Ask Sourcing Ninja: Why Use Different Search Engines?


Posted on March 6th, by Sourcing Ninja in Knowledge Base. 1 Comment

Dear Sourcing Ninja,

I’ve just started a new role as a Sourcing Specialist at an established Recruitment Agency. While they have a strong recruitment knowledge base, they have decided to open a new in-house sourcing function to leverage this growing trend of internet research. Although I’m new at this, I’ve found some researching tips which preach using difference search engines to find information. Aren’t all search engines the same – Why can’t I just ‘Google’ it?

-ConfusedRe$earch3R


Hello Confused,

Before we delve into how search engines differ, let’s first take a look at what is the internet and how it works.

The Internet is essentially a network of networks. It’s a mass conglomeration of computers spread across the globe, all networked and accessible to one another. Each cluster of webpages is found on a domain (e.g. www.webaddress.com) which in turn is physically stored on a server. The Internet is made up of billions of these servers all connected to one another. [See: here for video explanation]

So now we take a look at how search engines actually work and explore the differences. When you type in a search term into a search engine (e.g. “Project Manager”) – you’re not actually searching ‘The Internet’ per se, but rather portions of the Internet that are indexed the search engine’s database. Here it becomes a little trickier: Search engine’s send millions of spider-bots to trawl through various webpages to index the information stored on them. Crawling from one webpage to another via hyperlinks, their job is essentially to categorise the entire Internet… But the Internet is so HUGE that they can only capture a portion of it.

Basically, this is where search engines differ as search results are only as good as the size of the search engine’s database and how well they categorise the information they collect from which you search from. Using the keywords you entered in your search, they check how many times these words appear on a particular webpage and give higher relevancy to websites that are highly connected to other websites via hyperlinks. Depending on the search engine’s algorithms, i.e. how they index and deem how relevant webpages are, you will get different search results. [Here’s a good video that explains all this from Google].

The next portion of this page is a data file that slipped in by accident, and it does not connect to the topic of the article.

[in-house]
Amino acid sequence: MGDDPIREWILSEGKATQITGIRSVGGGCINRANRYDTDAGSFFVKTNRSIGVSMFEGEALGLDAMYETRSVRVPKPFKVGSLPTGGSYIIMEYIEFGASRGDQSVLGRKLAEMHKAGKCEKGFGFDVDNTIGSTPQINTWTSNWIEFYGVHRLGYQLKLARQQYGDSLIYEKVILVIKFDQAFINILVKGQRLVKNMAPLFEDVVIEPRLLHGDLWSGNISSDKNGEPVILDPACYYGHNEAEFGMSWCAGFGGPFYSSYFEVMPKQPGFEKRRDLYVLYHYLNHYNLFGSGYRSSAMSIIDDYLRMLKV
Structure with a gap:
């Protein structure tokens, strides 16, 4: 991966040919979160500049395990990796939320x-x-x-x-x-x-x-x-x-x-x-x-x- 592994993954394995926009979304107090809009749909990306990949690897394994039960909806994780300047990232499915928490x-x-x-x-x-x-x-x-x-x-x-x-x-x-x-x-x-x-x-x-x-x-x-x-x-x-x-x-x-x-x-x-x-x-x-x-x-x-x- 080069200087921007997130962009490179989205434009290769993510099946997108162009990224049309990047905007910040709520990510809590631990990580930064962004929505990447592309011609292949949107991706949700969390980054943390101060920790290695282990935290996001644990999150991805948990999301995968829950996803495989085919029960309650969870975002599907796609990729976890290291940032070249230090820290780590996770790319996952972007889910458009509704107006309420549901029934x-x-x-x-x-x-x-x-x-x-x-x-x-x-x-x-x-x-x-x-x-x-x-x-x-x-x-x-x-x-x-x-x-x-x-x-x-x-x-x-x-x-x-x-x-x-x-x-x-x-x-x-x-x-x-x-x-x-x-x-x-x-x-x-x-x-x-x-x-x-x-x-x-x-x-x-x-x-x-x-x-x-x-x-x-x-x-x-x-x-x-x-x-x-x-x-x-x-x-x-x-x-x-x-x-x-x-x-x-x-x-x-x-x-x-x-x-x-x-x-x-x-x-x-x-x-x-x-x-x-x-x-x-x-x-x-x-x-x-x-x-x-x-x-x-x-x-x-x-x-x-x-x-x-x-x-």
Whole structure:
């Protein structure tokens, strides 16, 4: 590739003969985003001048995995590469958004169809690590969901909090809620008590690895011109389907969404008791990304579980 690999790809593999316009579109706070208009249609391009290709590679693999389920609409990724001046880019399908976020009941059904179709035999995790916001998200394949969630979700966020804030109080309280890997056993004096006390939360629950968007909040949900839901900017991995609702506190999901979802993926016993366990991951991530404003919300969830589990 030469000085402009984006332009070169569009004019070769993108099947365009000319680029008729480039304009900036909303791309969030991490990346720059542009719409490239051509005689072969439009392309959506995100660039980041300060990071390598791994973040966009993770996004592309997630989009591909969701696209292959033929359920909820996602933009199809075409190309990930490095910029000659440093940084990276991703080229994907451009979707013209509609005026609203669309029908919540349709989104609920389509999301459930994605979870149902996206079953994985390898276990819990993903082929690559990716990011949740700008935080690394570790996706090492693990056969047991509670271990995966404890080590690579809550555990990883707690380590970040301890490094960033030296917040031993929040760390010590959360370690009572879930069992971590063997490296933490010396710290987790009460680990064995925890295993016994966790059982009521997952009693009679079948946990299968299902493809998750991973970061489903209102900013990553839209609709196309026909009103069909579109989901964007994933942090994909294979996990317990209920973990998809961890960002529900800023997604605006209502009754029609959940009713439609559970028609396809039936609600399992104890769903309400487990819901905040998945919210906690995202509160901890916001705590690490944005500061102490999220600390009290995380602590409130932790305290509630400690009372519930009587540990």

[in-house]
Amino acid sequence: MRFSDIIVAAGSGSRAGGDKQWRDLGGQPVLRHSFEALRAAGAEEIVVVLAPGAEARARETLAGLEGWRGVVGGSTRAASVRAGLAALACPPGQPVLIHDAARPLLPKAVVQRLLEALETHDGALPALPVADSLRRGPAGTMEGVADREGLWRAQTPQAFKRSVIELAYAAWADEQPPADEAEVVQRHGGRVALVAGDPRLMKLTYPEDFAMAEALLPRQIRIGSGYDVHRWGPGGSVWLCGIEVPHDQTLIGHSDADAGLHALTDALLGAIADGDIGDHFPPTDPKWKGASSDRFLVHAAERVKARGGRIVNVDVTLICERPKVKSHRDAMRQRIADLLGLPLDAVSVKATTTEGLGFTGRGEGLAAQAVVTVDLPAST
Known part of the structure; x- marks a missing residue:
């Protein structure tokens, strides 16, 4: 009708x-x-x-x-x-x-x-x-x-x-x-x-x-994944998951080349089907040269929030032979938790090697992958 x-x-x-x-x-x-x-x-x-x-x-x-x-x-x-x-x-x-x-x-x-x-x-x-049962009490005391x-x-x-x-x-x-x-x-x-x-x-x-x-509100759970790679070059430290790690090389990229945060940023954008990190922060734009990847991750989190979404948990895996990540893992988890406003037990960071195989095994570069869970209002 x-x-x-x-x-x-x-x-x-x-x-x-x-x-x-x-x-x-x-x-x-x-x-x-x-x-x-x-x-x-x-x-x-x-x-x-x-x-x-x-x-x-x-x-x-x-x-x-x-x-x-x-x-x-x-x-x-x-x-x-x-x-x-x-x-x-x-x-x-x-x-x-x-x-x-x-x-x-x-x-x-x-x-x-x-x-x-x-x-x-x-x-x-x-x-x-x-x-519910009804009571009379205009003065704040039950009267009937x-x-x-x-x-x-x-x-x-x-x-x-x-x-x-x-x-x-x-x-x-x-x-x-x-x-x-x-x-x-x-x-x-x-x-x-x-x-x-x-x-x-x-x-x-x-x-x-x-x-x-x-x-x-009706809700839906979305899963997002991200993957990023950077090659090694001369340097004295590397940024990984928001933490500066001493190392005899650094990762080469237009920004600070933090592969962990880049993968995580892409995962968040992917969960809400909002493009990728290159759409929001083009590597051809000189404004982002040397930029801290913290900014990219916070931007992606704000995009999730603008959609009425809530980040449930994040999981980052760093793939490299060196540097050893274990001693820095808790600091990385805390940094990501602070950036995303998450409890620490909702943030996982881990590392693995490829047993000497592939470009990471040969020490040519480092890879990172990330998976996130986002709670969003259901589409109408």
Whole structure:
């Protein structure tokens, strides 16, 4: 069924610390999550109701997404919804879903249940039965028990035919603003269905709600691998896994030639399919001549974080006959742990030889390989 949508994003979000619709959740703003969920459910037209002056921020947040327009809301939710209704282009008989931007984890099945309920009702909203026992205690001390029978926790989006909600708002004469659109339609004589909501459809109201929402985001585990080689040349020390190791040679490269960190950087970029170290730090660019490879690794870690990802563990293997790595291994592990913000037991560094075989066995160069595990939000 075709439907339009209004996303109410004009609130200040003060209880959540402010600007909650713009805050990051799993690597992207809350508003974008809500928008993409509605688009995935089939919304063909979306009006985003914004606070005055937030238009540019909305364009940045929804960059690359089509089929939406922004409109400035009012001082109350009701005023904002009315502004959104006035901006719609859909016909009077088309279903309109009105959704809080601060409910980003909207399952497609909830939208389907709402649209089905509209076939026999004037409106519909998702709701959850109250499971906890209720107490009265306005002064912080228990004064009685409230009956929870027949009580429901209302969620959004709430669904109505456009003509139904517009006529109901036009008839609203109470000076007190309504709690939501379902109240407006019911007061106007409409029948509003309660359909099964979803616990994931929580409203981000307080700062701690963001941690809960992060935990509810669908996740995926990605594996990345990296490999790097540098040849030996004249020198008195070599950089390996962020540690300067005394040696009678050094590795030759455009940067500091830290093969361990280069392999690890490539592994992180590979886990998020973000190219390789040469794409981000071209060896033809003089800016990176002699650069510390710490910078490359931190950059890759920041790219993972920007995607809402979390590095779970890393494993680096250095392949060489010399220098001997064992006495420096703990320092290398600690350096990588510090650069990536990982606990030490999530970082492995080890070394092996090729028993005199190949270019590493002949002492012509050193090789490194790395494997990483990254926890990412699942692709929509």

NB: This is why a website’s SEO ranking is unaffected by flash content.

So in essence, you can’t just rely on one particular search engine because the search results will differ from one another. Take for example you used the same search terms on Bing, Google and Yahoo!, the Venn diagram below represents the search results you’ll get from each of the search engines:

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The shaded areas are the results that are shared between each search engine with the darkest area representing results shared by all three. As you can see there will be instances where the search results will be similar between each search engine but there are can also be stark differences between them. Not to mention that their algorithms will push different results to the first page.

NB: The above diagram is merely used to highlight that there is a difference between each search engine and does not accurately portray the differences in results.

I hope that gives you a better idea and all the best with your new role!

Sincerely,

Sourcing Ninja

[Image from Wikipedia]





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